Full disclosure. That’s a trick question in the headline. Whether Apple goes wrong, or where Apple goes wrong, if ever, is highly dependent upon your perspective as a customer, member of the technorati elite proletariate, shareholder, market prognosticator.
If we’re to judge Apple by revenue growth, profits, dividends, and stock price over a long period, then Apple isn’t doing much wrong at all. But as a shareholder who wants more dividends and a growing stock price, Apple has some issues.
Perspective Is Reality
No technology company is immune from market-based problems, including Apple. No technology company comes under public scrutiny like Apple, either. The two combined could easily shipwreck a lesser company, yet Apple continues to roll along with growing revenue and profits.
In fact, almost everything Apple does is profitable. Highly profitable. Mac, iPhone, iPad, iTunes, Apple Stores, Watch. You name it. Apple leads the profit equation in every product segment.
So, where does Apple go wrong?
Actually, it may be that Apple isn’t actually wrong, but that perspectives of the company by stock market, by shareholders, by critics, and by customers, may be wrong. Very wrong. The latest impact on Apple’s flagging stock price is the iPhone. Sooner or later sales will saturate and drop, and the market is responding early with a dampened price. Why? iPhone represents too much of the company’s business.
So, if Apple shipped half as many iPhones would that put the product mix into a more acceptable balance? Of course not. If the iPhone represents nearly 65-percent of Apple’s revenue and profits, and the stock gets beat up accordingly, then why is Google’s stock on a roll while more than 90-percent of the company’s revenue and profits that come the old fashioned way– search engine advertising?
Doesn’t seem fair, does it? It’s not. That’s the game.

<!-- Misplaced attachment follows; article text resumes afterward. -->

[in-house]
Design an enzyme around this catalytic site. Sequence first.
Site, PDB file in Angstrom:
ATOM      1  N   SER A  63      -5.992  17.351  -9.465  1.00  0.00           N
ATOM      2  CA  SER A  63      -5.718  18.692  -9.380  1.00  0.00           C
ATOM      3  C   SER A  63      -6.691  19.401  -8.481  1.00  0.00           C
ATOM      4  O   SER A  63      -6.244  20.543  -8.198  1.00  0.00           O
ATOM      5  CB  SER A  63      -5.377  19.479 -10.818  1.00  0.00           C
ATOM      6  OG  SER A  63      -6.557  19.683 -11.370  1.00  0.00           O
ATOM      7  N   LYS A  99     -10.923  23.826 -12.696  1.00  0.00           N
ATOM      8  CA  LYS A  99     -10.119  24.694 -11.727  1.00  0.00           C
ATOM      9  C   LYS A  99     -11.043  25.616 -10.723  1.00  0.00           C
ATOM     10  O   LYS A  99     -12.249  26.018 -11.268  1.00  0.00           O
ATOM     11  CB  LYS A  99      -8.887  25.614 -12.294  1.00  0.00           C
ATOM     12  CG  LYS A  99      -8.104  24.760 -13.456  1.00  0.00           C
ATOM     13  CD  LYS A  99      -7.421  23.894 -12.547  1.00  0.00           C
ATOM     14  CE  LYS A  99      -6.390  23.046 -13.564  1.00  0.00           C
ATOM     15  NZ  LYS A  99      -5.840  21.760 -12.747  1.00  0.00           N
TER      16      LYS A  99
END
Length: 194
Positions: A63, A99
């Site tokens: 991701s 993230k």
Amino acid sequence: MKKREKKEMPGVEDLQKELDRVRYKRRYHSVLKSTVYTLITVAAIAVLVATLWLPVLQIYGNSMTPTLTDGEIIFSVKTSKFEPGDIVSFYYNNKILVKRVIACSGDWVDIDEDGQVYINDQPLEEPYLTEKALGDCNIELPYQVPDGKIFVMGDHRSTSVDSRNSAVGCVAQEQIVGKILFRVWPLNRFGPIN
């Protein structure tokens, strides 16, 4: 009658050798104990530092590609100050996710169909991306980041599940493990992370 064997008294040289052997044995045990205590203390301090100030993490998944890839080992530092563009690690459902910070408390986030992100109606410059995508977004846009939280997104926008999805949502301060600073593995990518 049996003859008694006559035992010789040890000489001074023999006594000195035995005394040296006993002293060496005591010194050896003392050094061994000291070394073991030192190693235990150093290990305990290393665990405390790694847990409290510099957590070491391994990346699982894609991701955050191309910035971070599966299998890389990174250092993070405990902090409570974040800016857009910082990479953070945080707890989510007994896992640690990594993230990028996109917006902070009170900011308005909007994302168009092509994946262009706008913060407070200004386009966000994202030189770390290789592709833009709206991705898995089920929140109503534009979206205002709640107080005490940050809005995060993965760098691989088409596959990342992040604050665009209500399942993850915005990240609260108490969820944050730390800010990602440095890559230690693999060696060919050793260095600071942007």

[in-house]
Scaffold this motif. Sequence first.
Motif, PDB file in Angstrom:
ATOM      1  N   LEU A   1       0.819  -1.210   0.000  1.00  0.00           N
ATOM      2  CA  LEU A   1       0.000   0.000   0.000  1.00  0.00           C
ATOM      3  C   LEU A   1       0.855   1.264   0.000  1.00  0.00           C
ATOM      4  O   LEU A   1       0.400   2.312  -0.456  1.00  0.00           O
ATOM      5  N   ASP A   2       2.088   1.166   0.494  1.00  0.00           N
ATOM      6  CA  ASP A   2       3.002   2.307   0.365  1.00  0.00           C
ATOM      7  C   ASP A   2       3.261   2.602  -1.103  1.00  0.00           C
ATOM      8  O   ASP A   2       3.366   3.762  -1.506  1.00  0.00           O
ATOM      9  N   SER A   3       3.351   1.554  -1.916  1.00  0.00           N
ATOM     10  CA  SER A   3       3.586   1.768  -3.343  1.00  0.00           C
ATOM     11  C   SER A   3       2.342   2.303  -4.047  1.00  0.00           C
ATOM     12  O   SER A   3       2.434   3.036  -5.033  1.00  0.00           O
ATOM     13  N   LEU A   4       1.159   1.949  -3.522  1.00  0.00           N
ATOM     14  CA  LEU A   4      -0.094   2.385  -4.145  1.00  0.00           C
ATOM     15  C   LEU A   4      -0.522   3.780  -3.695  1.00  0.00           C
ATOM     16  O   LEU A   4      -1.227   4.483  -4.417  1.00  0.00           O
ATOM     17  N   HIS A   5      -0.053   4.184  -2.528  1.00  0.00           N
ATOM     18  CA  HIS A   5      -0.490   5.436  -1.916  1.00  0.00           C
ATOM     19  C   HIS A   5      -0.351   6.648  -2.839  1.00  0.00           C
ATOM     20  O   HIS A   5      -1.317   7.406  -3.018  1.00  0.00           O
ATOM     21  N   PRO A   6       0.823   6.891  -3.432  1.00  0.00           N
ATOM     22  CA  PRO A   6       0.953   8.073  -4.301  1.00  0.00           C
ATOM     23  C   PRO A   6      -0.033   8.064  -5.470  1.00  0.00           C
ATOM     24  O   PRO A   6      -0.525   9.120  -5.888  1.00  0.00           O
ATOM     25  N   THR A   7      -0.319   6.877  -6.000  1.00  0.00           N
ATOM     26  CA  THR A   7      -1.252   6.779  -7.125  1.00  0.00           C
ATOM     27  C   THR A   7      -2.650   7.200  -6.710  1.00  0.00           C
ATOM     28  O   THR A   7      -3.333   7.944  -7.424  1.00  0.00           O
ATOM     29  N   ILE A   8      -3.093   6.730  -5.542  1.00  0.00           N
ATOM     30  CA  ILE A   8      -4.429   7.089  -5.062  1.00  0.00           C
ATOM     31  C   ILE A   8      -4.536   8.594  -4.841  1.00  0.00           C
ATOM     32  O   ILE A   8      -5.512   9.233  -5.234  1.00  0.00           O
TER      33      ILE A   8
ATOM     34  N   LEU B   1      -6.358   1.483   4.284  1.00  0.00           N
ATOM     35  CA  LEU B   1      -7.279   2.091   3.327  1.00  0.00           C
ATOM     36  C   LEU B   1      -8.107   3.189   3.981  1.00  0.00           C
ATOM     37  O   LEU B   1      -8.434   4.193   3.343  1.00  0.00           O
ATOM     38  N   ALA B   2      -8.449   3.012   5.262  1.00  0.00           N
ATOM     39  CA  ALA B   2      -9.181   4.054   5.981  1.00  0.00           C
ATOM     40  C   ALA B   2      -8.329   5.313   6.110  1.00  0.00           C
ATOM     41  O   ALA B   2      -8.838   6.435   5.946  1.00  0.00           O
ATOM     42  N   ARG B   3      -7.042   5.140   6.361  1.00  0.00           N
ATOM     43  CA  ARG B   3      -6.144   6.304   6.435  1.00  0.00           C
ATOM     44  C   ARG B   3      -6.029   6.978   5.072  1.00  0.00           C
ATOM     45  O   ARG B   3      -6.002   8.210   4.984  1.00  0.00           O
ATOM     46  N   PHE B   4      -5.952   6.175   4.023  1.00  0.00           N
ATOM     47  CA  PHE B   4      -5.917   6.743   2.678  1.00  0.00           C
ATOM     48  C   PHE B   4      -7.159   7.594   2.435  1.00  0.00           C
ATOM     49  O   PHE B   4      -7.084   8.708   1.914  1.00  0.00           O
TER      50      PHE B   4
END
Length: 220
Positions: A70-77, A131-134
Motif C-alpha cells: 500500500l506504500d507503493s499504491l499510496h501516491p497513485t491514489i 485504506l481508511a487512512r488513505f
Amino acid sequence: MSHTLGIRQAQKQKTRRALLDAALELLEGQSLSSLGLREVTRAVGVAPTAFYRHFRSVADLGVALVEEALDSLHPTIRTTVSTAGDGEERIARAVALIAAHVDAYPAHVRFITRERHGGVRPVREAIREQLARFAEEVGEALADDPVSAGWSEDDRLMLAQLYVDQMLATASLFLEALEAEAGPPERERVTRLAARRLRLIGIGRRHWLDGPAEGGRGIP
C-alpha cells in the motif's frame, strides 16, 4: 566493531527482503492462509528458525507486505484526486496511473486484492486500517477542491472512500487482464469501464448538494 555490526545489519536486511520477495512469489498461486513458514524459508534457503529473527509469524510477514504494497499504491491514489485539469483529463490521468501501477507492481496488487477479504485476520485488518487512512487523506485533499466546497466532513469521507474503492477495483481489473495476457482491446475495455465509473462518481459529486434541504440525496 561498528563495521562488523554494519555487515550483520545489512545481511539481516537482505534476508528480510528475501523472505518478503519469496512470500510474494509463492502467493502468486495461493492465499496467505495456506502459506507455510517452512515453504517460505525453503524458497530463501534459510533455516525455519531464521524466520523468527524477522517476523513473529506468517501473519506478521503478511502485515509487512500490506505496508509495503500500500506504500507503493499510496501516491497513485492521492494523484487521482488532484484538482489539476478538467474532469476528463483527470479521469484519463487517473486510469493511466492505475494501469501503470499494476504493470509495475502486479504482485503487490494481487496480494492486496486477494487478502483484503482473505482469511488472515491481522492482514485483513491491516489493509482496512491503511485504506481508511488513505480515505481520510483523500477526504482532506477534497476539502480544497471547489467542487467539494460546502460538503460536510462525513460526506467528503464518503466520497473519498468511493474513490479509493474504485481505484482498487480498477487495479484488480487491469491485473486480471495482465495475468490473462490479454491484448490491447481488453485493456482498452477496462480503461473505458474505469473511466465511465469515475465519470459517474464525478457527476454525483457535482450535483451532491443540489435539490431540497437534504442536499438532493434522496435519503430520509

Critics hammered Apple’s new streaming music service as too little and too late to counter Pandora and Spotify, yet, here we are, just six months or so after Apple Music’s launch, and the total number of subscribers to the fledgling service is about half that of Spotify– which took six years to get the same number.
Looks like Apple is on a roll, but you’d never know it from the market or critics, right?
Even the Mac continues to sell in record numbers, even while every computer Apple sells these days– Mac, iPhone, iPad– outsells everything that says Windows. That’s right. iOS and OS X combine to outsell everything with a Windows PC or Windows Phone logo on it in total numbers. Apple says iOS 9 is on more than 75-percent of all iOS devices, a penetration rate for a single version of operating system that has not competition.
Yet, time and again, in headlines across the board, Apple is presented as a company in the process of failing and it will all happen soon because all the signs are there. Apple is just doing everything wrong, and nothing right.
The only sign I can see in Apples success formula is that old saying “What goes up, must come down.”
Here’s the real deal. Perspective is reality. But it’s always a perspective and not always representative of reality. The real reality. That real reality is this. Apple Inc sells computers, and those computers work in a well integrated ecosystem of services and applications and devices unlike any competitor. Not only does Apple sell more than 300-million such computers a year (finally topping anything with a Microsoft Windows logo on it) but the company sells only in the premium end of the product spectrum, which just happens to be the segment with the best customers and the most profits.
Finally, the real deal is also about product and company differentiation. Product differentiation is a key component to sales success. All Windows PCs are similar because they all run Windows, therefore, the differentiation is price. All Android devices are similar because they all run Android OS, therefore, the differentiation is price.
How does that stagnant model compare with Apple where, 1) hardware is differentiated by higher quality and durability, and 2) software is differentiated by OS X and iOS (both of which have similar underpinnings and history), and 3) the ecosystem is differentiated by a unique and seamless integration of data, applications, services, and files.
Please tell me again where Apple is going wrong, because in my perspective-is-reality world, it’s difficult to see.